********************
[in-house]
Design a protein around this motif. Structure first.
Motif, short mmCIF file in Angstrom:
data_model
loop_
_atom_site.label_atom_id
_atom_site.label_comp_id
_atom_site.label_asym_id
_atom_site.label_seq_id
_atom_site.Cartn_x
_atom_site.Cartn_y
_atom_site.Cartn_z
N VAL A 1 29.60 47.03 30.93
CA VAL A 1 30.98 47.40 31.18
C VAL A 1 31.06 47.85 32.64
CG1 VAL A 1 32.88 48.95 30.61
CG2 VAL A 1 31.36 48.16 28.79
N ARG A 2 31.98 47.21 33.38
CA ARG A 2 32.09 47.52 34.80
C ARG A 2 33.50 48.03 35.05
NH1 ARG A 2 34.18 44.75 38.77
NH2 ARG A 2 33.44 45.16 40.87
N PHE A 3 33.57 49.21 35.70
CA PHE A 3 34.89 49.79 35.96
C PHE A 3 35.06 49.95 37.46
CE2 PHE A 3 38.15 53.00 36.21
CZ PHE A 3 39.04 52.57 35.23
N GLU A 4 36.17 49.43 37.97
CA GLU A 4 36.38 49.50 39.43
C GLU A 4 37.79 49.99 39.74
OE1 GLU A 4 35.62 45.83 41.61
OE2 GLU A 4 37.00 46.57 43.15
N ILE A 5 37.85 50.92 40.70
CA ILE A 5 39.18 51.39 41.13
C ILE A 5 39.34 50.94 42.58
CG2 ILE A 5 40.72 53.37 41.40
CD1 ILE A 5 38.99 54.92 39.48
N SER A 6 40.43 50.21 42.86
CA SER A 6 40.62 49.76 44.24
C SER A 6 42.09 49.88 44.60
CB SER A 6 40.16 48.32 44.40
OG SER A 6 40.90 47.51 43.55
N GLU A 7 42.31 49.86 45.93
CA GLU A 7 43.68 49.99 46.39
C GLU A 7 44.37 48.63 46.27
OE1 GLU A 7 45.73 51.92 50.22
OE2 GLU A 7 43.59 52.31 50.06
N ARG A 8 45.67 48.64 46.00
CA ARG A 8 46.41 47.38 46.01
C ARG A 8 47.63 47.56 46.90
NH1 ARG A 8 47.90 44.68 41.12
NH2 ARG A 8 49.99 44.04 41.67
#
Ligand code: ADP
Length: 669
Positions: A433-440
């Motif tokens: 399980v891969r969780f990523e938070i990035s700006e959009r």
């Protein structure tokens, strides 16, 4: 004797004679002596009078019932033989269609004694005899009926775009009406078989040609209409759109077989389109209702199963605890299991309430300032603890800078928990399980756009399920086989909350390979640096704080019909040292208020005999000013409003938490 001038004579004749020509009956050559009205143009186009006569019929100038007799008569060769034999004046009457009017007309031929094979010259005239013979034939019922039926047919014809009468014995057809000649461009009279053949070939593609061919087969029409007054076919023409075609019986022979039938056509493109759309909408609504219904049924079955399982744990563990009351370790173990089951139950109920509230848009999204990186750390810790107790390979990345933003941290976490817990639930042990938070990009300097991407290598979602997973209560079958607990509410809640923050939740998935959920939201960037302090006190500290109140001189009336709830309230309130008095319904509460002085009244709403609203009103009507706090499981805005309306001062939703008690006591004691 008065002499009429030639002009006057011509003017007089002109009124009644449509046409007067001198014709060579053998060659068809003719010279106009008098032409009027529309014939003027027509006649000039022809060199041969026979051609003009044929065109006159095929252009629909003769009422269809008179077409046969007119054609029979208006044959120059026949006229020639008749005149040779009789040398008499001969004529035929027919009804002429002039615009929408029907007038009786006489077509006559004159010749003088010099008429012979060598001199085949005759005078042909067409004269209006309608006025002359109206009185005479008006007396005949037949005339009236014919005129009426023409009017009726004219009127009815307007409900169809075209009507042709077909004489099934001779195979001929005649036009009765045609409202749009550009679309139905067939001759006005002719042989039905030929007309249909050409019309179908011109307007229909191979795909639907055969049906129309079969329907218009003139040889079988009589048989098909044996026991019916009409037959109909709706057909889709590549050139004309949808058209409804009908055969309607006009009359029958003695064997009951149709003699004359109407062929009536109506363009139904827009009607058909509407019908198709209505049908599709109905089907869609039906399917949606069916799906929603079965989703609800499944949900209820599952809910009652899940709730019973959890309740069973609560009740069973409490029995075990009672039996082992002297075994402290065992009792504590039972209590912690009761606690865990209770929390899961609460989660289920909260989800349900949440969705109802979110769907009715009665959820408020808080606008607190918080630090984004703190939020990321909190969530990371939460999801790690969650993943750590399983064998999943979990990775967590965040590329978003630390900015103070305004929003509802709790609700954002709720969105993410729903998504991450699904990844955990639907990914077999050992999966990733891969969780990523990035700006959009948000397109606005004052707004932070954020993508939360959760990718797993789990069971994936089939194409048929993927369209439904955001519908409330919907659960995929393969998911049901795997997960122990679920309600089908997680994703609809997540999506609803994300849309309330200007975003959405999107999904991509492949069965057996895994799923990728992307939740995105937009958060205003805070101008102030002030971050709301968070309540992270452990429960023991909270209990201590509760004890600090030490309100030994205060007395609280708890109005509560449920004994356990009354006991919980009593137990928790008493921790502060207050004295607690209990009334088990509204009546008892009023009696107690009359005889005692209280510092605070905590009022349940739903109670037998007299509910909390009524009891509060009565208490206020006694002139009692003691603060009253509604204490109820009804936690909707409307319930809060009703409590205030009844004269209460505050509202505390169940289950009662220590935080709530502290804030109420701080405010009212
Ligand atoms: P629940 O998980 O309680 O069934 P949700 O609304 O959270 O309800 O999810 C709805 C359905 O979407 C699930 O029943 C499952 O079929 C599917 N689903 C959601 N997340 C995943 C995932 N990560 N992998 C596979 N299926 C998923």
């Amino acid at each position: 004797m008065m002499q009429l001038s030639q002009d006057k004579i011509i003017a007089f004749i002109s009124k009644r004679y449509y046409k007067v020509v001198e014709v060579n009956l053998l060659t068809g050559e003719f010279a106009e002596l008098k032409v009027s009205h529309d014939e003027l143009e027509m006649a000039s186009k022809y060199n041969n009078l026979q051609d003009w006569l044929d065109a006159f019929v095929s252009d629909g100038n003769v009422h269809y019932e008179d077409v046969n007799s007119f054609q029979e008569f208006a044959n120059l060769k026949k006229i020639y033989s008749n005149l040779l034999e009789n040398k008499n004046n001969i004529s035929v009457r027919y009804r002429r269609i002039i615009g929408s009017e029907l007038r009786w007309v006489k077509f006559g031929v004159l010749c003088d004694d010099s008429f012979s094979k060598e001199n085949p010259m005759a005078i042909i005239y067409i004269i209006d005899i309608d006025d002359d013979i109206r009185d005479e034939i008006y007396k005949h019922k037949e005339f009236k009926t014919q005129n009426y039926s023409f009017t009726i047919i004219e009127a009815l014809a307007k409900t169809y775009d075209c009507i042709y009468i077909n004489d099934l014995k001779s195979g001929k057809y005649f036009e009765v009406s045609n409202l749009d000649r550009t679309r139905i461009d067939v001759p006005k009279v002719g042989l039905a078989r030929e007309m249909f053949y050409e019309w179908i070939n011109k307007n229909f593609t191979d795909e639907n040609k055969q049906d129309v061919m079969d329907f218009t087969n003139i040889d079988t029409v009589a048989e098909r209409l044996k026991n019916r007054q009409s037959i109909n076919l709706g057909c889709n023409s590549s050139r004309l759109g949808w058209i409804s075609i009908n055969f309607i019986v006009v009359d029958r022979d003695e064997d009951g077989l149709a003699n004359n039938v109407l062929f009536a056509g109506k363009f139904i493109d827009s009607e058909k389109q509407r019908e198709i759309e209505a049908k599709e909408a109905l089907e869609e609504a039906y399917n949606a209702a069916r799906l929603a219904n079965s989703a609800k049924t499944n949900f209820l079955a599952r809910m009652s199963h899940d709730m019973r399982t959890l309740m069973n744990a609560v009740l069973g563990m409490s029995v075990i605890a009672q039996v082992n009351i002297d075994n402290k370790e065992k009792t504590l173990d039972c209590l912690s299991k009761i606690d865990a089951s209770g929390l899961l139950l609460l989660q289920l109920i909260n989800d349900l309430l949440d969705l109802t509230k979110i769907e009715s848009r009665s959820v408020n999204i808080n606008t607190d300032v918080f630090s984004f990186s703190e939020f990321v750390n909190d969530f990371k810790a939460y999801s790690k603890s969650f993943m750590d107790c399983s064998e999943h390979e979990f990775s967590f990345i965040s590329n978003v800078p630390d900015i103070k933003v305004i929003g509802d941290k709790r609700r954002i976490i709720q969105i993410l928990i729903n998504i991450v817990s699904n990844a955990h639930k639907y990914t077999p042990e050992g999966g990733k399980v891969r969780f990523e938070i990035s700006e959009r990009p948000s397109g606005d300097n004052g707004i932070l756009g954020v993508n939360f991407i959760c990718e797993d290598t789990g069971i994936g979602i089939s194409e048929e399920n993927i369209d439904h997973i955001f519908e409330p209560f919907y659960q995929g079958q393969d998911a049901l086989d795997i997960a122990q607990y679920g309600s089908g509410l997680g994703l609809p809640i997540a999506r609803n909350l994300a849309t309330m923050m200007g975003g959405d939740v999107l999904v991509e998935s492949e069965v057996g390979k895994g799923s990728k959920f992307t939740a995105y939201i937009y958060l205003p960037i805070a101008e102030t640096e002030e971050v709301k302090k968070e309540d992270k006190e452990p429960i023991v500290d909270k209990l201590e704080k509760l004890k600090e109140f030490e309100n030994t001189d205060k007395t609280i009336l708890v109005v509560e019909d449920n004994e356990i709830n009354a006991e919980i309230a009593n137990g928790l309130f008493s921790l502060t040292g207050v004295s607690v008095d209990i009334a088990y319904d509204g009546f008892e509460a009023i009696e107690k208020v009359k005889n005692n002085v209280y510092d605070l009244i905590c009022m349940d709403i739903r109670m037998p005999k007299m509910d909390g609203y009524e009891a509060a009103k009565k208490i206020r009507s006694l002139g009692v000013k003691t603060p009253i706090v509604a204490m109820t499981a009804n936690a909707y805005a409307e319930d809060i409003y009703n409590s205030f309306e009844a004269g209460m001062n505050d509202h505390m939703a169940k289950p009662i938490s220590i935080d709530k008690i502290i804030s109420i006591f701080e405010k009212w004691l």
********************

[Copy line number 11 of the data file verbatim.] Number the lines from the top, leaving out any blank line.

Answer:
_atom_site.Cartn_y